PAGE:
Some officials warn that the remaining American troops in Syria are more vulnerable to attack after cuts Mr. Trump ordered last fall, and point to a clash with Russian troops in the northeast last month that left seven American soldiers injured. General McKenzie called that episode, in which a Russian armored vehicle rammed an American ground patrol, “reckless.”
Analysts of military policy also note that even as Mr. Trump has withdrawn several thousand troops from Iraq and Afghanistan, he has ordered nearly twice that many, about 14,000 forces, to the Persian Gulf region in the past year or so in response to Iranian attacks and provocations.
At any given time, 45,000 to 65,000 American troops are in the region, spread out between Jordan and Oman, assigned to operate airfields, run key headquarters, sail warships and fly warplanes, and stage for deployments to places such as Iraq and Afghanistan. The numbers change substantially depending on the presence of an aircraft carrier strike group or two in the region, and whether a large group of Marines is afloat in those waters.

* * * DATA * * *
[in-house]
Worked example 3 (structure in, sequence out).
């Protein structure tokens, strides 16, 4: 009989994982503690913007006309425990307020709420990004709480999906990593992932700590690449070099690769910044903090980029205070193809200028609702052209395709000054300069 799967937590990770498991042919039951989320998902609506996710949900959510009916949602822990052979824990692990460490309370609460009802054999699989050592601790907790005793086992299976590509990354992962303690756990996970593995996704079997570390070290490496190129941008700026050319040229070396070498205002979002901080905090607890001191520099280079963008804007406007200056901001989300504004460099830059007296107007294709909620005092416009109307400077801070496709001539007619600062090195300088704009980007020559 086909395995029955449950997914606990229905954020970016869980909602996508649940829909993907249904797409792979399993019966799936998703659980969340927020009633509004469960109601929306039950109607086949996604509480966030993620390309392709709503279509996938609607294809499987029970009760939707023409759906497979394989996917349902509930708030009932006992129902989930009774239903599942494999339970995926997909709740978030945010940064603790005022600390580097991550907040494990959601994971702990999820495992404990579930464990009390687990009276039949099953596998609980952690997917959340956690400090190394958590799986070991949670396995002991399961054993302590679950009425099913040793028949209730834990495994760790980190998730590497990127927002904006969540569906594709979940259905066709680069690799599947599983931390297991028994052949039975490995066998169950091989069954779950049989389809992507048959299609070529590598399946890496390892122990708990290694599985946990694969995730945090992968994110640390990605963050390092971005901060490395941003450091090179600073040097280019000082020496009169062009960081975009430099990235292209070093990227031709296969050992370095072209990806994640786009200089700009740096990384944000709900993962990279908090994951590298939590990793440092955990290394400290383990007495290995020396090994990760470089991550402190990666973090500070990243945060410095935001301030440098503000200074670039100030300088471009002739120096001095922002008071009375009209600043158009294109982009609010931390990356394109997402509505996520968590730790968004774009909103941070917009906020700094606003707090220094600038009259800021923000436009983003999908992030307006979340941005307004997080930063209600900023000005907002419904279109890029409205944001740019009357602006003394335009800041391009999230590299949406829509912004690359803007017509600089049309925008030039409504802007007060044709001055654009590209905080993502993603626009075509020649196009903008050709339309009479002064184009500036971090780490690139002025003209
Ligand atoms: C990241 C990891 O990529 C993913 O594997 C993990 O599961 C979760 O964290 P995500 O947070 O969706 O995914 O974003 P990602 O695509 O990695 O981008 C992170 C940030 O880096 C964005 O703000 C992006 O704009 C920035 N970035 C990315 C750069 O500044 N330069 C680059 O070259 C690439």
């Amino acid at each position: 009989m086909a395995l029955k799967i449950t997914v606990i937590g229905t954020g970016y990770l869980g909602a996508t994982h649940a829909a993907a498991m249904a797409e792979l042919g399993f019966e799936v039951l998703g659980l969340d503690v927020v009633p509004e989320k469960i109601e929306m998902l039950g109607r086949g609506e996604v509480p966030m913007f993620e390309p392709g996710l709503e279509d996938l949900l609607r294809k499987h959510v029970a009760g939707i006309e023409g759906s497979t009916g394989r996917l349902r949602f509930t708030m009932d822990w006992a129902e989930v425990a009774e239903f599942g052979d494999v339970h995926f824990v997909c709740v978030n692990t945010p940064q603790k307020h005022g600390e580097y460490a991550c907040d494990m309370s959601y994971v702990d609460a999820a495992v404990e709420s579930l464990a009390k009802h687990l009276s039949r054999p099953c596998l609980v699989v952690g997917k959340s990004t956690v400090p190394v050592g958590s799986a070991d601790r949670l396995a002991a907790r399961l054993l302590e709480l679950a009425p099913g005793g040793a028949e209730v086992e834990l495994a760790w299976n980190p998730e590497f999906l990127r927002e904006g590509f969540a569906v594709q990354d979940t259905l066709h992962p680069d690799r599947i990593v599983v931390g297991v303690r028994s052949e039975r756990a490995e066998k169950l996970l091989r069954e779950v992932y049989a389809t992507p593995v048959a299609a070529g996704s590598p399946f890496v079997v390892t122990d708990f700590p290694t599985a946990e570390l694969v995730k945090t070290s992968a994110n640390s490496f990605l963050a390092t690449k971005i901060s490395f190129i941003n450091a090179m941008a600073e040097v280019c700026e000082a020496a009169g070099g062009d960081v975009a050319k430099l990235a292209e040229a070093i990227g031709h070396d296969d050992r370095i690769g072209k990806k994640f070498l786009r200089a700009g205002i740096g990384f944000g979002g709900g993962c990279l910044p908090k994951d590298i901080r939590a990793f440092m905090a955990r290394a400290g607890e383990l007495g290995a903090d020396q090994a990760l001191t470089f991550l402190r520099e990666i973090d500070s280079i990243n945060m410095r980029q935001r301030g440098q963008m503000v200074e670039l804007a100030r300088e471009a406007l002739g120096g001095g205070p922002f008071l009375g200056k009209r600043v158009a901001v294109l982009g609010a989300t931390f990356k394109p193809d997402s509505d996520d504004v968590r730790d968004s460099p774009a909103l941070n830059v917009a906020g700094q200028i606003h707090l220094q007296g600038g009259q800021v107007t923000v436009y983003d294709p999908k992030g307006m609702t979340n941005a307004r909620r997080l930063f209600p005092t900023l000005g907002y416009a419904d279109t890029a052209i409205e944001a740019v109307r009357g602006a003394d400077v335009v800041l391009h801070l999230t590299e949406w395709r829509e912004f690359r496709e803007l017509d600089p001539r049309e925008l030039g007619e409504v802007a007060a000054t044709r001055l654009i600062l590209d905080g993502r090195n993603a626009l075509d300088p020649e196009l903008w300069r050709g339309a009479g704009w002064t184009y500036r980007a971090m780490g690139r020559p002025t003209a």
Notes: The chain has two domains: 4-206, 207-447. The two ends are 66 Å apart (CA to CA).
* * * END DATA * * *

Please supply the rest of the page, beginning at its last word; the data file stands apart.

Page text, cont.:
Mr. Trump has long vowed to withdraw all U.S. forces from both Iraq and Syria. “We’re bringing them home from Syria. We’re bringing them home from Iraq,” he said on “Fox & Friends” last month. “These endless wars, they never stop.”
In a meeting with journalists after the White House gathering last month, Mr. al-Kadhimi reaffirmed the need for American military assistance in fighting remnants of the Islamic State.
“ISIS sleeper cells are still operating in Iraq,” said Mr. al-Kadhimi, a former chief of Iraqi intelligence, speaking through an interpreter. “The threat is still there.”
Indeed, the Islamic State in Iraq is still able to wage a low-tech, low-cost, largely rural — and lethal — campaign, American and Iraqi counterterrorism officials say. While ISIS has not carried out attacks on the scale that it did a few years ago, the number of attacks began to grow again this year.